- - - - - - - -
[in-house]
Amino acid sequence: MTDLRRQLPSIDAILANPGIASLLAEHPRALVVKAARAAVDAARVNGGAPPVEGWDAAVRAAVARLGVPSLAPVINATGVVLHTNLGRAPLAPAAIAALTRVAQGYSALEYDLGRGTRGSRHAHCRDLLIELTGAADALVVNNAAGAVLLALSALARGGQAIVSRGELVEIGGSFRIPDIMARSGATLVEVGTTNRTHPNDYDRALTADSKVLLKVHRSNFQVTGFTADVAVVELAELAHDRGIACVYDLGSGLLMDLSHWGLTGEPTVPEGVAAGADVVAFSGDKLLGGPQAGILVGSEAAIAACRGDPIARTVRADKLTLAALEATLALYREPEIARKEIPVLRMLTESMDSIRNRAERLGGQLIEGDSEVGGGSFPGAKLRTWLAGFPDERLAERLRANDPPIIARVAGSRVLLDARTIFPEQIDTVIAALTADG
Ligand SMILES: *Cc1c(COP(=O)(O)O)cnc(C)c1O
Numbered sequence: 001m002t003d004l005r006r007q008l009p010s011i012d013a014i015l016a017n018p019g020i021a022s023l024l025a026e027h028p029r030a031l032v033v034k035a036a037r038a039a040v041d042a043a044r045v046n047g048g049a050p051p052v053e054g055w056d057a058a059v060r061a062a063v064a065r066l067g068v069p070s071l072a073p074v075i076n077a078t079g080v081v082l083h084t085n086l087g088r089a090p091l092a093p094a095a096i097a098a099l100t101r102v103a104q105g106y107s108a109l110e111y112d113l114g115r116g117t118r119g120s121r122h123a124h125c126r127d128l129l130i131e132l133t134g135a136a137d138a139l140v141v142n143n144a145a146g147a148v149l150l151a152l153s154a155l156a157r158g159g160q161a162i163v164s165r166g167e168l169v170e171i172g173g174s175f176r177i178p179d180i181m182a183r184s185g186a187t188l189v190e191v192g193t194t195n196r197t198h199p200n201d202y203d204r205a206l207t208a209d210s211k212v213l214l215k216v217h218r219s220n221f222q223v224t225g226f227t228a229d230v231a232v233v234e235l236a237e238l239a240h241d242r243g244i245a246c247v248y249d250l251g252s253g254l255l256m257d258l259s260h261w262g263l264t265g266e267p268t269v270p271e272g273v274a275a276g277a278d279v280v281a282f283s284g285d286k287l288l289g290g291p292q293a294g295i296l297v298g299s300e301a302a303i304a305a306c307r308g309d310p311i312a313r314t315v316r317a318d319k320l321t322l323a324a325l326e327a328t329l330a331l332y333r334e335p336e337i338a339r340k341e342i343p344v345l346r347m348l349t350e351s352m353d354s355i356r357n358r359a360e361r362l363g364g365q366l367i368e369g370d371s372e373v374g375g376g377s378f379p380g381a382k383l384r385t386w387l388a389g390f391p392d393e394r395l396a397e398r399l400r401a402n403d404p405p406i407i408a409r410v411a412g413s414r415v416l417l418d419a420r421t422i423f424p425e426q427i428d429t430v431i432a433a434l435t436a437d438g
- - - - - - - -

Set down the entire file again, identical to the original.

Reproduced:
[in-house]
Amino acid sequence: MTDLRRQLPSIDAILANPGIASLLAEHPRALVVKAARAAVDAARVNGGAPPVEGWDAAVRAAVARLGVPSLAPVINATGVVLHTNLGRAPLAPAAIAALTRVAQGYSALEYDLGRGTRGSRHAHCRDLLIELTGAADALVVNNAAGAVLLALSALARGGQAIVSRGELVEIGGSFRIPDIMARSGATLVEVGTTNRTHPNDYDRALTADSKVLLKVHRSNFQVTGFTADVAVVELAELAHDRGIACVYDLGSGLLMDLSHWGLTGEPTVPEGVAAGADVVAFSGDKLLGGPQAGILVGSEAAIAACRGDPIARTVRADKLTLAALEATLALYREPEIARKEIPVLRMLTESMDSIRNRAERLGGQLIEGDSEVGGGSFPGAKLRTWLAGFPDERLAERLRANDPPIIARVAGSRVLLDARTIFPEQIDTVIAALTADG
Ligand SMILES: *Cc1c(COP(=O)(O)O)cnc(C)c1O
Numbered sequence: 001m002t003d004l005r006r007q008l009p010s011i012d013a014i015l016a017n018p019g020i021a022s023l024l025a026e027h028p029r030a031l032v033v034k035a036a037r038a039a040v041d042a043a044r045v046n047g048g049a050p051p052v053e054g055w056d057a058a059v060r061a062a063v064a065r066l067g068v069p070s071l072a073p074v075i076n077a078t079g080v081v082l083h084t085n086l087g088r089a090p091l092a093p094a095a096i097a098a099l100t101r102v103a104q105g106y107s108a109l110e111y112d113l114g115r116g117t118r119g120s121r122h123a124h125c126r127d128l129l130i131e132l133t134g135a136a137d138a139l140v141v142n143n144a145a146g147a148v149l150l151a152l153s154a155l156a157r158g159g160q161a162i163v164s165r166g167e168l169v170e171i172g173g174s175f176r177i178p179d180i181m182a183r184s185g186a187t188l189v190e191v192g193t194t195n196r197t198h199p200n201d202y203d204r205a206l207t208a209d210s211k212v213l214l215k216v217h218r219s220n221f222q223v224t225g226f227t228a229d230v231a232v233v234e235l236a237e238l239a240h241d242r243g244i245a246c247v248y249d250l251g252s253g254l255l256m257d258l259s260h261w262g263l264t265g266e267p268t269v270p271e272g273v274a275a276g277a278d279v280v281a282f283s284g285d286k287l288l289g290g291p292q293a294g295i296l297v298g299s300e301a302a303i304a305a306c307r308g309d310p311i312a313r314t315v316r317a318d319k320l321t322l323a324a325l326e327a328t329l330a331l332y333r334e335p336e337i338a339r340k341e342i343p344v345l346r347m348l349t350e351s352m353d354s355i356r357n358r359a360e361r362l363g364g365q366l367i368e369g370d371s372e373v374g375g376g377s378f379p380g381a382k383l384r385t386w387l388a389g390f391p392d393e394r395l396a397e398r399l400r401a402n403d404p405p406i407i408a409r410v411a412g413s414r415v416l417l418d419a420r421t422i423f424p425e426q427i428d429t430v431i432a433a434l435t436a437d438g